A new UCLA study confirms that Los Angeles is now the least affordable rental market in the country, based on the portion of a renters’ income that goes to pay rent.
The study from UCLA's Ziman Center for Real Estate shows that the average renter in Los Angeles, which has the highest percentage of renters in the country, devotes 47 percent of his or her paycheck to rent. (You can read the full study at the end of this post.)
It's the latest depressing news about L.A.'s rental market, and it comes with a twist: affordability is not a new post-recession problem, but one that has been getting worse for decades.
“Our studies show a severe housing burden among poor renters has existed since 1970,” said Paul Ong, professor of urban planning, social welfare and Asian-American studies, who co-wrote the study, in a statement.
“During periods of increasing inequality, the burden has grown even more severe. Vacancy rates have risen only slightly — even dipping at times when the housing burden has increased," Ong said. "And renters are paying more for the same quality housing, suggesting that neither market forces nor changing housing quality fully explain the increasing rents.”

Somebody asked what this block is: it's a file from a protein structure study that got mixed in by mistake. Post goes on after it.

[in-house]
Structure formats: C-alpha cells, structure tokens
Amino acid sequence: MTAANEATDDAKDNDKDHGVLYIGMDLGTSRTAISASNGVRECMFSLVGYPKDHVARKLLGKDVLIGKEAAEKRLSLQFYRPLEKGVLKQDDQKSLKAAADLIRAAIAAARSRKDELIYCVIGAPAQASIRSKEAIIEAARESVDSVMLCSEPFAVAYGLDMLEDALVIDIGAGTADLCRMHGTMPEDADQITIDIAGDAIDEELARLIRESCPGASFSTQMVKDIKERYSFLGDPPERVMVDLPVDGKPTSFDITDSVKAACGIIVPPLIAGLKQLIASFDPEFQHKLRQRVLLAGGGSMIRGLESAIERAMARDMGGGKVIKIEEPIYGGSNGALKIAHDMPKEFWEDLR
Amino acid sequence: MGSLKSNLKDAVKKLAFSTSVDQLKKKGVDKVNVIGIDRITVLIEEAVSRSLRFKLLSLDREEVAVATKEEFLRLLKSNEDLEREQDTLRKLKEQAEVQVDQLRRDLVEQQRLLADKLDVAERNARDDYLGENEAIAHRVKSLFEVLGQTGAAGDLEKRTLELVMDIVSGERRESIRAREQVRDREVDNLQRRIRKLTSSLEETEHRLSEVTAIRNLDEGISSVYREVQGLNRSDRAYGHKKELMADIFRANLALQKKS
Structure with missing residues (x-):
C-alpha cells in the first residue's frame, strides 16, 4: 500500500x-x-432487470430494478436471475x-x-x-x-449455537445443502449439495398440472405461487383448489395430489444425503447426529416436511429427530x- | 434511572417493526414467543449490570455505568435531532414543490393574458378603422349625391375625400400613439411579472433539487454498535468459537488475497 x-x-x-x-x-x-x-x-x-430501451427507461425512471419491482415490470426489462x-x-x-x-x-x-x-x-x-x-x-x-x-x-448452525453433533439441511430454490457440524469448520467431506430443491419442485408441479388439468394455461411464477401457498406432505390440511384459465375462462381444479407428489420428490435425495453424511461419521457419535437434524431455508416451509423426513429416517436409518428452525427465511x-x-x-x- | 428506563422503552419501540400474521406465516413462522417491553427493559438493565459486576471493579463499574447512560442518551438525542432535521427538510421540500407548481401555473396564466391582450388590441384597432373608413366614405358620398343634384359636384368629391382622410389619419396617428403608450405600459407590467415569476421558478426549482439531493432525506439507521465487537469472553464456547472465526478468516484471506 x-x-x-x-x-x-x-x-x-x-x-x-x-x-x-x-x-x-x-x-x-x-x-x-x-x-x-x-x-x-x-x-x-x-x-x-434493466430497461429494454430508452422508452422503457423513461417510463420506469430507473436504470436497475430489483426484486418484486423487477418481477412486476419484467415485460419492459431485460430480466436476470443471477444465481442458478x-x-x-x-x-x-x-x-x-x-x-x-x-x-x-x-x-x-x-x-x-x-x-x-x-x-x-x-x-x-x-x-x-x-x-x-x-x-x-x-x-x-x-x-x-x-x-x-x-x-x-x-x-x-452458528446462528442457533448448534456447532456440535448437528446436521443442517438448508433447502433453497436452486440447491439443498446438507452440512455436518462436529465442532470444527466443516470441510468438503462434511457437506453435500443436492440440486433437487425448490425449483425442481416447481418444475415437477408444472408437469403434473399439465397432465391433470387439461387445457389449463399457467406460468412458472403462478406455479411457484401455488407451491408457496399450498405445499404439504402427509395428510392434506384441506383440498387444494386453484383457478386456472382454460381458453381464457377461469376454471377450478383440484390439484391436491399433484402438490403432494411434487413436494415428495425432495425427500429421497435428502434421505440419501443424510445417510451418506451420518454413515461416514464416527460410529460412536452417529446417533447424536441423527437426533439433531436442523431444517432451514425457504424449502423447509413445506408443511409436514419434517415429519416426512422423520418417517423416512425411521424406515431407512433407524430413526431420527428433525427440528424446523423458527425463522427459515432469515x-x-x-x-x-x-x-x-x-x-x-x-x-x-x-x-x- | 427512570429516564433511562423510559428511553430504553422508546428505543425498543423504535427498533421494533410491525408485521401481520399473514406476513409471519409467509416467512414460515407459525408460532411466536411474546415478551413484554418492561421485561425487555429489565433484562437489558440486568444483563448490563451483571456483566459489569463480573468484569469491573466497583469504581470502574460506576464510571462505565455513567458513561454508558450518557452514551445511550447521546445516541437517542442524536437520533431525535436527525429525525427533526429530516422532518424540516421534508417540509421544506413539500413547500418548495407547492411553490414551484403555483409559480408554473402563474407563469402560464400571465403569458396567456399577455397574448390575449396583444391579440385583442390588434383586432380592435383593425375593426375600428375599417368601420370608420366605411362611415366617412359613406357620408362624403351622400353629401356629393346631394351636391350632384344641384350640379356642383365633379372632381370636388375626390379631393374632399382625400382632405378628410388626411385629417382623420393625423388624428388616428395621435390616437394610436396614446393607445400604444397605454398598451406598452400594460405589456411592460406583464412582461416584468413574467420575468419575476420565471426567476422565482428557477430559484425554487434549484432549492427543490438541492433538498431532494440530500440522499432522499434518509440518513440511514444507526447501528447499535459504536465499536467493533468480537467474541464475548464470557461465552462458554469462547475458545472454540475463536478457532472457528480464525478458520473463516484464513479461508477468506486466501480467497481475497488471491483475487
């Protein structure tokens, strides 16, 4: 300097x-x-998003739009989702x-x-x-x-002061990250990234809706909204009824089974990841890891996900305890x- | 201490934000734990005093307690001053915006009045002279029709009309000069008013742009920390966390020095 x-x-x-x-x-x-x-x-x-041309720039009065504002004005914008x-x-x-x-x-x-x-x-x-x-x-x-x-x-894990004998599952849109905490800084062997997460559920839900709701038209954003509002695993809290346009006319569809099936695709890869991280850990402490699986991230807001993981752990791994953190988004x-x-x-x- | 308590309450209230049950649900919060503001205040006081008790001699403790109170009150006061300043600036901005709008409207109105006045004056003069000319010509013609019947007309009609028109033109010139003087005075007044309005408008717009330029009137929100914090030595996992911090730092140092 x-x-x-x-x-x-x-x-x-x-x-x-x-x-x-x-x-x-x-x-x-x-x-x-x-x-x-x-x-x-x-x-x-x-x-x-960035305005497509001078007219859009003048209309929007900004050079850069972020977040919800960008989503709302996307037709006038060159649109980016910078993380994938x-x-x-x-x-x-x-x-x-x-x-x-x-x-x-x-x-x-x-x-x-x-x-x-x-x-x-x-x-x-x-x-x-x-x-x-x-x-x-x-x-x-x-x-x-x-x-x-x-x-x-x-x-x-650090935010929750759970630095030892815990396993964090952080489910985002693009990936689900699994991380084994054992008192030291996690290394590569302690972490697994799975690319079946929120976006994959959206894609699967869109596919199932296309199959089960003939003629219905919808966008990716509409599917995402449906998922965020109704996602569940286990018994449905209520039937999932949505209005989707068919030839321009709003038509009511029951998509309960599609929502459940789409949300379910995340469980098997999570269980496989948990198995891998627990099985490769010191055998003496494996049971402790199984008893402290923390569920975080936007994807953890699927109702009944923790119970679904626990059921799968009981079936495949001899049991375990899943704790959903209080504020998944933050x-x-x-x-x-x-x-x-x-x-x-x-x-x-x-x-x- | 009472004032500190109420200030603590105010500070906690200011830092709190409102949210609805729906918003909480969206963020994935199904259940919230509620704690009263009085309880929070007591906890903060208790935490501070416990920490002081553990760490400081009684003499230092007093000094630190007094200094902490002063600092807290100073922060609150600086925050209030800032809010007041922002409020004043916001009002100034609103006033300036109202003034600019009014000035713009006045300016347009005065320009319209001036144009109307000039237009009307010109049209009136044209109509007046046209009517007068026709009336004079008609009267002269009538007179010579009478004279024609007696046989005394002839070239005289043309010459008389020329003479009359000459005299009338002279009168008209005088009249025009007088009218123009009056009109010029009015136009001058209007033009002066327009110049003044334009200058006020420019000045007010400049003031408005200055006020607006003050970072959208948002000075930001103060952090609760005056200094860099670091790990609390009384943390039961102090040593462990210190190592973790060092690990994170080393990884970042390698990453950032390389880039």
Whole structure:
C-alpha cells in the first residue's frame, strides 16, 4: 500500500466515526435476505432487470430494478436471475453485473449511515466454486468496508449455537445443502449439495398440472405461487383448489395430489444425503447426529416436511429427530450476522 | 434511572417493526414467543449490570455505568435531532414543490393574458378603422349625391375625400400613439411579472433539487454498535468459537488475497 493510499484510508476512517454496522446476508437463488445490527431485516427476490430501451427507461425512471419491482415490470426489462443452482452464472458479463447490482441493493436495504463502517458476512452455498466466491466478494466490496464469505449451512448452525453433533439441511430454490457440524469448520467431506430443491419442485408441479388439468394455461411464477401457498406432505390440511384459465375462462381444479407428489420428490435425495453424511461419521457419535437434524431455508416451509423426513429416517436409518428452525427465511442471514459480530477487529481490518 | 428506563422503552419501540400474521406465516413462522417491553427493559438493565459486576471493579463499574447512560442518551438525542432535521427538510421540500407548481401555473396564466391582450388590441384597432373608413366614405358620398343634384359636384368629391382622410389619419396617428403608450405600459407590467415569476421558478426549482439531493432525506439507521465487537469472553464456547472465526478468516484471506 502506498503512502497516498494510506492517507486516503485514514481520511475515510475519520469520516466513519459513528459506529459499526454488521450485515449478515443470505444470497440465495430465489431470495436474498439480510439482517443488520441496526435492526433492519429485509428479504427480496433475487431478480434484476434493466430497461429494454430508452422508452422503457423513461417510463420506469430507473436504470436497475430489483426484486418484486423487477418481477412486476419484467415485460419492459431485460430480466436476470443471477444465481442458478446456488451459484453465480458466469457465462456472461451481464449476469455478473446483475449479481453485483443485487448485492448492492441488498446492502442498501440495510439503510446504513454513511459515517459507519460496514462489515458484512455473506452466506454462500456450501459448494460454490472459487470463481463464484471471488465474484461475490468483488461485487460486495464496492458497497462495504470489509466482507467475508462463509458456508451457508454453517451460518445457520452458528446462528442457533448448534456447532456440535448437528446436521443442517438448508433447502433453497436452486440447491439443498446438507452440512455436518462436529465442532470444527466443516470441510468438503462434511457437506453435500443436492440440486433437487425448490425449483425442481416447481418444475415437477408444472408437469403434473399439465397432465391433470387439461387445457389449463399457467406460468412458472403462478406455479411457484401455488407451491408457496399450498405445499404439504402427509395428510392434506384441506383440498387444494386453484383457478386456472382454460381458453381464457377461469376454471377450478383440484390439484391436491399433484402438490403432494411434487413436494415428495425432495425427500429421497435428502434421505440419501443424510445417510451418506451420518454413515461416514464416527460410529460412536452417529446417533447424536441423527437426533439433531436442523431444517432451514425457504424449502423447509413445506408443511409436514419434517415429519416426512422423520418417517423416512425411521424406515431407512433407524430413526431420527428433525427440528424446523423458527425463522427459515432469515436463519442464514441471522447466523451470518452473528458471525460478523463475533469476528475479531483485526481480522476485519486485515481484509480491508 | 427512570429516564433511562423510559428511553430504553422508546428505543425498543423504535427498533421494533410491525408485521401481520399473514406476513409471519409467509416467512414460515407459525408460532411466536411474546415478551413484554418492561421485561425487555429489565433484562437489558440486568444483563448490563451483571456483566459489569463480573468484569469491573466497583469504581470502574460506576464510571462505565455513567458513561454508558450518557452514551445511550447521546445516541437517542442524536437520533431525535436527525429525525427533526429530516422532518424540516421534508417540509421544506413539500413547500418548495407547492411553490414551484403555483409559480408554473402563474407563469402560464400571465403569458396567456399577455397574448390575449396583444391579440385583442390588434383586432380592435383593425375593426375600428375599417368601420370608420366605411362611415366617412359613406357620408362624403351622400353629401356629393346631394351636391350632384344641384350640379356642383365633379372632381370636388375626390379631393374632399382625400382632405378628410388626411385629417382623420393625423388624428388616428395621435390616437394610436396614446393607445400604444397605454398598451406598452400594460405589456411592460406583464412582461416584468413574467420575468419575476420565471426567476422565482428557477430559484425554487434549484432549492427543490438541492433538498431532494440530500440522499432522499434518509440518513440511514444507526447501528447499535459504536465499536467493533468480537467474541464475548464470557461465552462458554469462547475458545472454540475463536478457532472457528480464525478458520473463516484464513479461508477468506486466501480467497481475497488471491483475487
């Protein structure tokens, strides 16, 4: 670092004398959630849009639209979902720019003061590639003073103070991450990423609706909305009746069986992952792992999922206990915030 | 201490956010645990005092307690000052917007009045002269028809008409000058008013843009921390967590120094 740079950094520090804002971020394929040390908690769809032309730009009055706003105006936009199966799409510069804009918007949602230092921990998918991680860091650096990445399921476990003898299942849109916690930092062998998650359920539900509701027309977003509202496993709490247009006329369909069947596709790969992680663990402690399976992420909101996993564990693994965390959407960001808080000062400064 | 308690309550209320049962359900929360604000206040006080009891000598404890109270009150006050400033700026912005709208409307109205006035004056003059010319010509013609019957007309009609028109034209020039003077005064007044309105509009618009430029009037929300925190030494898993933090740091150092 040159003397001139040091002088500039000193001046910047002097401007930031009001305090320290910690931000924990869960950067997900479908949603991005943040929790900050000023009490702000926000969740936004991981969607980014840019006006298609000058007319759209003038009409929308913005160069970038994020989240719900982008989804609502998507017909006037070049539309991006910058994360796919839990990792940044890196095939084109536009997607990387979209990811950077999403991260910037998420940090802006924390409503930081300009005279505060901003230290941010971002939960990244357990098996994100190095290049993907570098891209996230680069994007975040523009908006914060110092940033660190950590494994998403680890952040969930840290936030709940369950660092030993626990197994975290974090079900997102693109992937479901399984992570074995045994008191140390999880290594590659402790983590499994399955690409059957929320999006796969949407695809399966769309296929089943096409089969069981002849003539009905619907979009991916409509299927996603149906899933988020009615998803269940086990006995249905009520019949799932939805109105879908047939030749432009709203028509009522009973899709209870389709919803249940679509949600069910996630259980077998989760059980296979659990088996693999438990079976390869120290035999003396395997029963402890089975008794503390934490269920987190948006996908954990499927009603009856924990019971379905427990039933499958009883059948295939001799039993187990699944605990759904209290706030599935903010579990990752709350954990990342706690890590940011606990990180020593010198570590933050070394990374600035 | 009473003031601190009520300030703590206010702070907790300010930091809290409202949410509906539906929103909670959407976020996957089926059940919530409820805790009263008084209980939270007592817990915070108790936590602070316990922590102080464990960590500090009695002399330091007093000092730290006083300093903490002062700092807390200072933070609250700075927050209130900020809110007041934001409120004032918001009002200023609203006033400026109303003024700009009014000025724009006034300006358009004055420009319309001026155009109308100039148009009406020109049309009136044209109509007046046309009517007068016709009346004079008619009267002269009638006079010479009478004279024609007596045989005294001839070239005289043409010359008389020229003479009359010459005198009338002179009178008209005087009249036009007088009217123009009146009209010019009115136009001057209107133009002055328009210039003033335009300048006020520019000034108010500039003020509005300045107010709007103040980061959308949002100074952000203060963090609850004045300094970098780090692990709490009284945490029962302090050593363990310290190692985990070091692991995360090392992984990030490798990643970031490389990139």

The problem isn't vacancy. There was a lower vacancy rate in 1970 (3.9 percent) than there has been recently (5.1 percent). So what explains L.A.'s increasing rents? The study identifies two main cuprits:
Los Angeles has a lower median household income than comparable cities such as New York or San Francisco but only a small difference in median rents. At the same time, Los Angeles has relatively fewer publicly subsidized units and weaker rent control. This is particularly true in comparison to New York. The Los Angeles section 8 voucher program waiting list has been closed for almost a decade. Affordable housing production and preservation also slowed with the decline in state and federal funding.
According to the Los Angeles Department of City Planning Housing Needs Assessment, the city needs to produce roughly 5,300 units per year that are affordable to moderate-income households or below (Los Angeles Department of City Planning, 2013). Los Angeles has instead averaged roughly 1,100 units per year since 2006. Since 2000, 143,000 rental units that had been affordable to those making less than $44,000 a year became unaffordable.
The study notes that high-end apartment construction is "booming," something KPCC wrote about recently.
It also finds that affordability has gone from bad to worse for L.A.'s poorest renters, with more than three-quarters of them severely burdened by rent in 2009-2011. Middle income renters hardly fared much better, with half considered cost-burdened in L.A., compared to a third of U.S. middle-class renters overall.